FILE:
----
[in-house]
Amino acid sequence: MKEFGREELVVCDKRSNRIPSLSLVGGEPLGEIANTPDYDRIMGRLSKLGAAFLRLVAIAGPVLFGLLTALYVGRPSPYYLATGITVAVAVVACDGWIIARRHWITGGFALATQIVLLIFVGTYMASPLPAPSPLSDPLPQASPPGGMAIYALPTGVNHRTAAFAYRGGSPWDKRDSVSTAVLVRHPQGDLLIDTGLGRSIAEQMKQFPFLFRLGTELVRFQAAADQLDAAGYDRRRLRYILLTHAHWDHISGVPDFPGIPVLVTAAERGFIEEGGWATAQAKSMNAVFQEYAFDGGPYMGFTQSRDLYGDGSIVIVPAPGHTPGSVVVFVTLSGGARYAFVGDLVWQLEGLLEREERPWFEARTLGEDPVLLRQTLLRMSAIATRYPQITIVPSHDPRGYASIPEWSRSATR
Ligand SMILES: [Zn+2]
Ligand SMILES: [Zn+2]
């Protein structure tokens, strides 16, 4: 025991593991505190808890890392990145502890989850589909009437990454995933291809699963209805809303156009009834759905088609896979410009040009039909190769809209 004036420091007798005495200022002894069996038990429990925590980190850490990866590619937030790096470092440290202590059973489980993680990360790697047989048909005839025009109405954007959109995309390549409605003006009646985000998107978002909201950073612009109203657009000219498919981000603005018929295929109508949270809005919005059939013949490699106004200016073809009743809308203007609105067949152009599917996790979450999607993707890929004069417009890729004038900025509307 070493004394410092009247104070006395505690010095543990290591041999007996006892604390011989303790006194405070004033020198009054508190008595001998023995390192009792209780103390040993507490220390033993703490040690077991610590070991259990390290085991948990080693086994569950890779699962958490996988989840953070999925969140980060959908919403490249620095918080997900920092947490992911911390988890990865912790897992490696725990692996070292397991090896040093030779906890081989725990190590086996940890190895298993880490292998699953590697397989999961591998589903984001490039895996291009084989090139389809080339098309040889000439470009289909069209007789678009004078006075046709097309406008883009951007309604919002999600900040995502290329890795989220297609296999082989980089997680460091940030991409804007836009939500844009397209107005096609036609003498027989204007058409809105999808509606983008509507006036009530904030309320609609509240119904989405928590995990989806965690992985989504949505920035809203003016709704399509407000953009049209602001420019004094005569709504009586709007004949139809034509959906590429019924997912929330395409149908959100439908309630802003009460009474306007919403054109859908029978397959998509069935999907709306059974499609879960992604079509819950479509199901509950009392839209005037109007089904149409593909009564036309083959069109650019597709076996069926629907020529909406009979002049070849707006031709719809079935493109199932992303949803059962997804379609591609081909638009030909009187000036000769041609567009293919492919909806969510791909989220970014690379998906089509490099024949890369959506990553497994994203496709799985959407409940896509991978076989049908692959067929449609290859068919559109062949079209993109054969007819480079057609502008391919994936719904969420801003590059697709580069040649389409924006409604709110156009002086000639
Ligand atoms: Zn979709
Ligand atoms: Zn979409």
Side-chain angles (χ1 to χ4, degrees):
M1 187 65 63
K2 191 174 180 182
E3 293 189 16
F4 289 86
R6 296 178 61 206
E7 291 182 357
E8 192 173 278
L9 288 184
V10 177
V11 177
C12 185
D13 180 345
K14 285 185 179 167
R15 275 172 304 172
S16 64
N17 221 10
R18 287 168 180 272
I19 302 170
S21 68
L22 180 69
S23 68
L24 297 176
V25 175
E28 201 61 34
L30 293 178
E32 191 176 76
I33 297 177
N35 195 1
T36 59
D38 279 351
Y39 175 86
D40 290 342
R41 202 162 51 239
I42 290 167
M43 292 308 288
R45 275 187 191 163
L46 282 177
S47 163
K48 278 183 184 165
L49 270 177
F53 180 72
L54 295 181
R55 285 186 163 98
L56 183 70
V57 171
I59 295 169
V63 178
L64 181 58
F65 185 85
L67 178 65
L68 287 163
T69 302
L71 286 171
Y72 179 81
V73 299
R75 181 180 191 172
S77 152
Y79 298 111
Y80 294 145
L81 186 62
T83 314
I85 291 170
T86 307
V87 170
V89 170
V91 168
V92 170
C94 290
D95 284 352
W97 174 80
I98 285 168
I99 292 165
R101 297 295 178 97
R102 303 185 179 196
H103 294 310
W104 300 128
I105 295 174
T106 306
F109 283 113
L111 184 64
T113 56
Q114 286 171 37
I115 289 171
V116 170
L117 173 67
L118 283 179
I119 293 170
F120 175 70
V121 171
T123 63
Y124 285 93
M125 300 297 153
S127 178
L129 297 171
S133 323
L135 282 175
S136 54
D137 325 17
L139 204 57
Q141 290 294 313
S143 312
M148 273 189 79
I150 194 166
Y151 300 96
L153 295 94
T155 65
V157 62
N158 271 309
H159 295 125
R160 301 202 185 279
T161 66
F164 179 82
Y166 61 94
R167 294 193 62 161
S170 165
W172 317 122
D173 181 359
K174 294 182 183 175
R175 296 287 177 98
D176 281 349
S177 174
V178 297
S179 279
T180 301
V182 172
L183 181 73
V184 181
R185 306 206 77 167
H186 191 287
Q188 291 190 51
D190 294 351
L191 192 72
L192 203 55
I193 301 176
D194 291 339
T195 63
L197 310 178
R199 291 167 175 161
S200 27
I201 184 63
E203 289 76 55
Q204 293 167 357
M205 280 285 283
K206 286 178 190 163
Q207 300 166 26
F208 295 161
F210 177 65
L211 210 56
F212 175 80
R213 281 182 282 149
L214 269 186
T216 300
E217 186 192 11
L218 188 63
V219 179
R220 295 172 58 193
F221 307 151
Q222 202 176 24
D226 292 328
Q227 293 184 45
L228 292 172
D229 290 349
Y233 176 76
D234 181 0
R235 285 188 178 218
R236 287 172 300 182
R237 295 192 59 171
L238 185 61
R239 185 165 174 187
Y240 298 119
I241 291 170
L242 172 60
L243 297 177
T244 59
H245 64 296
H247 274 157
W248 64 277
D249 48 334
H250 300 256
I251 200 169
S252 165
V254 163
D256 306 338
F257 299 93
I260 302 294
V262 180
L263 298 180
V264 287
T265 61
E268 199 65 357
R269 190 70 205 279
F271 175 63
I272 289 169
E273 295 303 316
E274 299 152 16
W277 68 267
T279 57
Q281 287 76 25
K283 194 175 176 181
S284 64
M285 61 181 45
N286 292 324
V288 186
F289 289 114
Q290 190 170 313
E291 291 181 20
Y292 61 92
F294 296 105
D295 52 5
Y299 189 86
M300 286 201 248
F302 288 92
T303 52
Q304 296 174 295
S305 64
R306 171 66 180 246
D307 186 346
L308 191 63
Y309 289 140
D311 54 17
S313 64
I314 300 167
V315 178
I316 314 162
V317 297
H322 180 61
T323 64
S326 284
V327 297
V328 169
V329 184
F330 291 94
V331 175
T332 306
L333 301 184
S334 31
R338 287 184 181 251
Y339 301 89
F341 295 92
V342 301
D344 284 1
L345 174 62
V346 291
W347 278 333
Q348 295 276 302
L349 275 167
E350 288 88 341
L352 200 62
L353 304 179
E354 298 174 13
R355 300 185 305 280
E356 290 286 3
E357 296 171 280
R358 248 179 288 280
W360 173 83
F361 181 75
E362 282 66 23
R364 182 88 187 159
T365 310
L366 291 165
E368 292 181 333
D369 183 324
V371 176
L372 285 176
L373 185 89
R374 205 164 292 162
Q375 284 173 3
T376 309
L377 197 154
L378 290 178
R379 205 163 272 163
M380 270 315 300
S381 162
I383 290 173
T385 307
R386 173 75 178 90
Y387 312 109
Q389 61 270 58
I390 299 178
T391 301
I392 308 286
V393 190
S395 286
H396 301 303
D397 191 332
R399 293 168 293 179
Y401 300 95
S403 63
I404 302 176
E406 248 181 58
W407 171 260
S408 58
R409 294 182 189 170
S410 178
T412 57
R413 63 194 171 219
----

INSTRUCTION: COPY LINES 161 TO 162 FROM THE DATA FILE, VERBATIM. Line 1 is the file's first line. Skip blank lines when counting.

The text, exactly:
E217 186 192 11
L218 188 63